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Tutorials and seminars

Most programmes include tutorials with groups of students as one form of teaching. Although group tutorials can serve several purposes, it is common to conduct seminars in which students question and discuss material presented to them. This can help them to understand the material better and facilitate deep learning. To facilitate this you should bear the following points in mind:

a) Ensure that the planned learning outcomes are appropriate.

Seminars are an appropriate context in which to explore controversies, promote deeper understanding of information, develop communication skills etc. They are not well suited to conveying large amounts of factual information (handouts are better) or helping one or two students with particular problems (individual tutorials are more appropriate).

b) Prepare a lesson plan.

As for a lecture, plan how to use the time effectively and ensure that you have the necessary material ready. For example, if you intend to conduct a seminar, identify beforehand the key points you think students should grasp and ensure that adequate time is given to each.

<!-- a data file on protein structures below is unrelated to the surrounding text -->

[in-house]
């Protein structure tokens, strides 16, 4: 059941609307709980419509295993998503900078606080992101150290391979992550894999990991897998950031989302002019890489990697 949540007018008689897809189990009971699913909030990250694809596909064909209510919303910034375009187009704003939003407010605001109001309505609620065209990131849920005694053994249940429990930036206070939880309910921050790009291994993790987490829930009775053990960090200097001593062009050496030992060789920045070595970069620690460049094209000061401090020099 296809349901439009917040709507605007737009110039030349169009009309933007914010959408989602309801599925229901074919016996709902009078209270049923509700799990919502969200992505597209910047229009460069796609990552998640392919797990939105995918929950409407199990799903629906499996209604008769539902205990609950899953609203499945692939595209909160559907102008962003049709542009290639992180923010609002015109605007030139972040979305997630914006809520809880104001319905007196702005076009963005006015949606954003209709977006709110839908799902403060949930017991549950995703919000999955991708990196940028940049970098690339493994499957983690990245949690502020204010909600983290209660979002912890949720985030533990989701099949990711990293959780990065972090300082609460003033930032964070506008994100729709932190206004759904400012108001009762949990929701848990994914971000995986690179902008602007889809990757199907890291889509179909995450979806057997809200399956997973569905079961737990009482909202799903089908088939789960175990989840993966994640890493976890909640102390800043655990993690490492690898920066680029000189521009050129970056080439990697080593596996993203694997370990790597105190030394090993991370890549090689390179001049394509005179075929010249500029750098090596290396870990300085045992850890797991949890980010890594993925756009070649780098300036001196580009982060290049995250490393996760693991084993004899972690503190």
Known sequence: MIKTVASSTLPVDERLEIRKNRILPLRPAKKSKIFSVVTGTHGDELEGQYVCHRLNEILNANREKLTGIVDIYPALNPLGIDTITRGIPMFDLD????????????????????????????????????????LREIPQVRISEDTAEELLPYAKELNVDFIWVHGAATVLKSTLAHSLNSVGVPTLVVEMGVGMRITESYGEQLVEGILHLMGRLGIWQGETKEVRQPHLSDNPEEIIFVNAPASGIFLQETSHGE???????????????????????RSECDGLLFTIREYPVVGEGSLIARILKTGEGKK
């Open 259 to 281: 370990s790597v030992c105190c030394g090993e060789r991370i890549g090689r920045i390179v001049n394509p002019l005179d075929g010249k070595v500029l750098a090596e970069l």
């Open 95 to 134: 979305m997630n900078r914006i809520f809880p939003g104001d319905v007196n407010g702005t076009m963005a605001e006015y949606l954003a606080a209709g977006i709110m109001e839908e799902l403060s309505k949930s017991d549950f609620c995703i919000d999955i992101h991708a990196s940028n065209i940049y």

c) Be mindful of group dynamics.

Students are sometimes reticent in tutorials because they fear controversy or criticism, so you need to establish a friendly and respectful atmosphere in which ideas can be exchanged. With a new student group it may be a good idea initially to discuss and agree some 'ground rules' for seminar debate.

d) Signpost the discussion.

It sometimes happens that although a lively seminar is enjoyed by the participants, valuable points are lost in the course of it and participants are unclear at the end what has been learned.

It helps therefore if you 'signpost' the discussion as it proceeds: "...yes, that's a fundamental point and that relates back to what was said earlier and that's an issue we will tackle later..."

It also helps if the seminar ends with a summary of the key points that have been made. Remember to allow time for this in your planning.

e) Emphasise the need for preparation.

Although most students accept that they should prepare for tutorials and seminars in order to be able to contribute, experience suggests that this may need reinforcement from time to time.

It helps if you show (not only say) that informed, thoughtful contributions are valued, and point out when preparation would have enhanced the value of someone's contribution.